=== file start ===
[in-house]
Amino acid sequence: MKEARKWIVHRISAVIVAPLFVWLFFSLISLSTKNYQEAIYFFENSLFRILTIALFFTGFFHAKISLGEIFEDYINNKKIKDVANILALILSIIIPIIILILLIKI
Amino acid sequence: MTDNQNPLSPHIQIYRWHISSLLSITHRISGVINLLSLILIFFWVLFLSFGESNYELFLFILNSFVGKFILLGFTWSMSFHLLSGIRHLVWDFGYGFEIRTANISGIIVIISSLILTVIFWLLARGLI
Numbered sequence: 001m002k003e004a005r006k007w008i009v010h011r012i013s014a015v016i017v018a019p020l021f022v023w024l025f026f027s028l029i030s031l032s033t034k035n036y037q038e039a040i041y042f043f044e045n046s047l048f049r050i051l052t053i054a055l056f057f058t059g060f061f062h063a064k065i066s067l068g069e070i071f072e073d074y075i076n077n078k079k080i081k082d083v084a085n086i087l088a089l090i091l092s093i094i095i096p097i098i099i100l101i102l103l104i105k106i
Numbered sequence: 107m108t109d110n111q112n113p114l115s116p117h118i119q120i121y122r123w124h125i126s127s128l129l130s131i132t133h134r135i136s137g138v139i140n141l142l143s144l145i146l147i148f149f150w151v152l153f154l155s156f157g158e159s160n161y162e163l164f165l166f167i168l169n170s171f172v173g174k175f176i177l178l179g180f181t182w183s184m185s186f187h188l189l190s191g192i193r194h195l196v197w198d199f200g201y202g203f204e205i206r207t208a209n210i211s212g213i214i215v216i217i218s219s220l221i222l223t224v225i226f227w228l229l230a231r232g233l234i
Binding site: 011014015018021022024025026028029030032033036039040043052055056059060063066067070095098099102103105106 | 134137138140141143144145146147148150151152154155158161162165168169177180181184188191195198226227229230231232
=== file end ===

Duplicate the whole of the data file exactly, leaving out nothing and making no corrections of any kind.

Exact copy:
[in-house]
Amino acid sequence: MKEARKWIVHRISAVIVAPLFVWLFFSLISLSTKNYQEAIYFFENSLFRILTIALFFTGFFHAKISLGEIFEDYINNKKIKDVANILALILSIIIPIIILILLIKI
Amino acid sequence: MTDNQNPLSPHIQIYRWHISSLLSITHRISGVINLLSLILIFFWVLFLSFGESNYELFLFILNSFVGKFILLGFTWSMSFHLLSGIRHLVWDFGYGFEIRTANISGIIVIISSLILTVIFWLLARGLI
Numbered sequence: 001m002k003e004a005r006k007w008i009v010h011r012i013s014a015v016i017v018a019p020l021f022v023w024l025f026f027s028l029i030s031l032s033t034k035n036y037q038e039a040i041y042f043f044e045n046s047l048f049r050i051l052t053i054a055l056f057f058t059g060f061f062h063a064k065i066s067l068g069e070i071f072e073d074y075i076n077n078k079k080i081k082d083v084a085n086i087l088a089l090i091l092s093i094i095i096p097i098i099i100l101i102l103l104i105k106i
Numbered sequence: 107m108t109d110n111q112n113p114l115s116p117h118i119q120i121y122r123w124h125i126s127s128l129l130s131i132t133h134r135i136s137g138v139i140n141l142l143s144l145i146l147i148f149f150w151v152l153f154l155s156f157g158e159s160n161y162e163l164f165l166f167i168l169n170s171f172v173g174k175f176i177l178l179g180f181t182w183s184m185s186f187h188l189l190s191g192i193r194h195l196v197w198d199f200g201y202g203f204e205i206r207t208a209n210i211s212g213i214i215v216i217i218s219s220l221i222l223t224v225i226f227w228l229l230a231r232g233l234i
Binding site: 011014015018021022024025026028029030032033036039040043052055056059060063066067070095098099102103105106 | 134137138140141143144145146147148150151152154155158161162165168169177180181184188191195198226227229230231232